Table Manners

Table Manners

The dating world just got a whole lot trickier to coordinate.

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Table Manners

Dating's a hard business at the best of times, but what if you had to go on a date using a floating hand that just won't do what you want it to? That's the premise offered by Table Manners, which follows in the footsteps of titles like Surgeon Simulator by showing how disastrous things can go when you have to manually control your hands during precise tasks.

The stakes aren't quite as high as open-heart surgery, but that doesn't mean it's any less fiddly trying to find love with a set of five disobedient digits. When we played the preview build we got to grips with the basic controls, with two buttons raising and lowering the hand, the mouse moving it around, LMB to grip, and holding RMB to rotate. That's the basic setup and it sounds easy to learn, but as you might have guessed, that's easier said than done.

For a start, on each date, you get timed tasks to complete for points in your favour, and while they start off relatively tame (lighting a candle or pouring wine) things soon get trickier, and getting flustered and forgetting the controls is a sure-fire way to get ghosted by your potential partner. Just as in something like Overcooked, missing requests is bad news, so things have to be done promptly if you're to keep the spark of romance alive.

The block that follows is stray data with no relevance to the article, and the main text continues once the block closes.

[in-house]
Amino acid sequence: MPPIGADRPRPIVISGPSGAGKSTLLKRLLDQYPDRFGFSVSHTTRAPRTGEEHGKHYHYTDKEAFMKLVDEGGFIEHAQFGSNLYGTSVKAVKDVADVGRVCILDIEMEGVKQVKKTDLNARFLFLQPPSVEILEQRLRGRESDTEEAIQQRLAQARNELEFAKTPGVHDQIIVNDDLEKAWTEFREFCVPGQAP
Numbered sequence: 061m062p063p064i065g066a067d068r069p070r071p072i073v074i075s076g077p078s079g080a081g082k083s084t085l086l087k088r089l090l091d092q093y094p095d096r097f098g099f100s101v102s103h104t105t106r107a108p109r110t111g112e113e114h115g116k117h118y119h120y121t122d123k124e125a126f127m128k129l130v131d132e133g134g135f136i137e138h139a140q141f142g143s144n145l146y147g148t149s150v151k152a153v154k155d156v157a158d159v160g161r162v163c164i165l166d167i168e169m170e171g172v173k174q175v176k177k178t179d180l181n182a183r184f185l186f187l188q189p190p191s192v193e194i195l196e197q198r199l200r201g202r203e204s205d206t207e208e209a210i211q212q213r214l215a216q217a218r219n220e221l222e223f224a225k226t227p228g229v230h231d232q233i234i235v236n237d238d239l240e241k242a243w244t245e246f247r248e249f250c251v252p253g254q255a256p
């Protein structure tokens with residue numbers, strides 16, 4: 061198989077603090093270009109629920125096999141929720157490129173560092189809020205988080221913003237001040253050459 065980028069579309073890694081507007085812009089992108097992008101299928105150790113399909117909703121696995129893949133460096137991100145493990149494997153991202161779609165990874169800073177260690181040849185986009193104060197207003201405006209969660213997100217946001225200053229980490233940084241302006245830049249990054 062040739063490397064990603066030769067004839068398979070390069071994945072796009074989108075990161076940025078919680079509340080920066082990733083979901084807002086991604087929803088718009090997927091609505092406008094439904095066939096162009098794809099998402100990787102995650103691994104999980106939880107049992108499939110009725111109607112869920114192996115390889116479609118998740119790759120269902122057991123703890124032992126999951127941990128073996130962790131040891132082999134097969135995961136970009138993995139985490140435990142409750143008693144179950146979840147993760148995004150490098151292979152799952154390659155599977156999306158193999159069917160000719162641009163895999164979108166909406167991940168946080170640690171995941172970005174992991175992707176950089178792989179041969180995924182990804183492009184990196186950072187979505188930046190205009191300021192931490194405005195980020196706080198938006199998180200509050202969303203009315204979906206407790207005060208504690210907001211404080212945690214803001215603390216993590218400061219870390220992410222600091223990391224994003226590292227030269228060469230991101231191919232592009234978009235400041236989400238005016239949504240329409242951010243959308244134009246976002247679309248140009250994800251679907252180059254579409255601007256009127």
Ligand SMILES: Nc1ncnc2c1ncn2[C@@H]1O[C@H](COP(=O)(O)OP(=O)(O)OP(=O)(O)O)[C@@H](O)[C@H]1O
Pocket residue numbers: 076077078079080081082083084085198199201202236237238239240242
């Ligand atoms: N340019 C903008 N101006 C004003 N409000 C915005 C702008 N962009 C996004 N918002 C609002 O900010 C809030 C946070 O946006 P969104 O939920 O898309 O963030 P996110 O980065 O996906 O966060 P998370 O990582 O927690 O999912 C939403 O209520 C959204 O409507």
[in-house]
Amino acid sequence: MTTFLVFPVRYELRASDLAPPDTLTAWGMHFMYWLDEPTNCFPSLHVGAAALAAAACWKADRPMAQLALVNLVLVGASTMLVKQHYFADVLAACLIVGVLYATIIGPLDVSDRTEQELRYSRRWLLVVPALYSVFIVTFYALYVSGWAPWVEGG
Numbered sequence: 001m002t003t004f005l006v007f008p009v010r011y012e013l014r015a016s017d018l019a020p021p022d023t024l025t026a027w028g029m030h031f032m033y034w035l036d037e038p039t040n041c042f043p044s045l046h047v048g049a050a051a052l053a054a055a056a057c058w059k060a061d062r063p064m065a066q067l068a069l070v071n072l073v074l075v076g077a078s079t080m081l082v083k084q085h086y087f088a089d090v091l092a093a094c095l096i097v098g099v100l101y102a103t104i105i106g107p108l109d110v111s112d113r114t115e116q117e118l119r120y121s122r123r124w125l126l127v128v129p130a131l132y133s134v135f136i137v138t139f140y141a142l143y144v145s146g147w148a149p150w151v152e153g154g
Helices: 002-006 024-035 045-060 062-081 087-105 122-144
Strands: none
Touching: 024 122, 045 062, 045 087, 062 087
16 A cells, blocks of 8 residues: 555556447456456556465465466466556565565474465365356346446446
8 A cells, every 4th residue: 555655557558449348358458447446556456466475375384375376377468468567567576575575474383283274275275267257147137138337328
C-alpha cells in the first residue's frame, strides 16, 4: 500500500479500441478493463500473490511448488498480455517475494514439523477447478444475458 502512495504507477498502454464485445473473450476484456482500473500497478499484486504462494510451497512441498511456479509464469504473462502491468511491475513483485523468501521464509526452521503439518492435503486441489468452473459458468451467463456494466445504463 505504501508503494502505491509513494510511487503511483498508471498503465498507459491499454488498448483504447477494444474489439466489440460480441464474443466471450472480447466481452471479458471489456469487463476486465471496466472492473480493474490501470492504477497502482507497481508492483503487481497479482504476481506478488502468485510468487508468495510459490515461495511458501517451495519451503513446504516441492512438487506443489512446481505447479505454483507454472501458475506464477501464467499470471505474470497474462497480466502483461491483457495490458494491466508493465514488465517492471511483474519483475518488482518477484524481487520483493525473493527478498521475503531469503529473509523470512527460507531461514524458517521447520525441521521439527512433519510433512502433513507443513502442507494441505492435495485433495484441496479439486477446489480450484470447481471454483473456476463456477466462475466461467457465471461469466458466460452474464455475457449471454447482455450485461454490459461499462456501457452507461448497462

Perhaps the most bizarre thing about the version we played is that you get penalised for not completing tasks, yet you don't get penalised for causing huge amounts of mess. One time we poured ketchup on our date and knocked a bottle of wine into their lap and they were totally cool with it, so long as we put the damned salt on their fries as requested!

Table Manners

Mechanically the game works smoothly enough. Admittedly some of the collisions between hands and gripped items such as bottles and fries could be improved, but the game isn't ready for full release yet, and there's a lot of leeway from the fact that things respawn if you happen to knock them on the floor (which, trust us, happens a lot).

As we've seen from games that put manual dexterity at the centre of the experience, each level is far from simple. Your first dates start off as many do, sitting at a dinner table, but soon elements like moving chairs and trays are introduced to make an already tricky task damn near impossible. These added mechanics help the core concept feel fresh and unique as you progress, although you might need a lot of practice to impress your date, especially as things progress.

While the game is launching on Valentine's Day it's not exactly the romantic game you might be wanting to play, but that doesn't stop it from being any less fun. It's a weird and wonderful test of dexterity and patience in the face of bizarre obstacles and deceptively simple tasks, and everything seems to come together to make an experience that makes you swear as much as you laugh, all while trying to get your date to like you.

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The dating world just got a whole lot trickier to coordinate.

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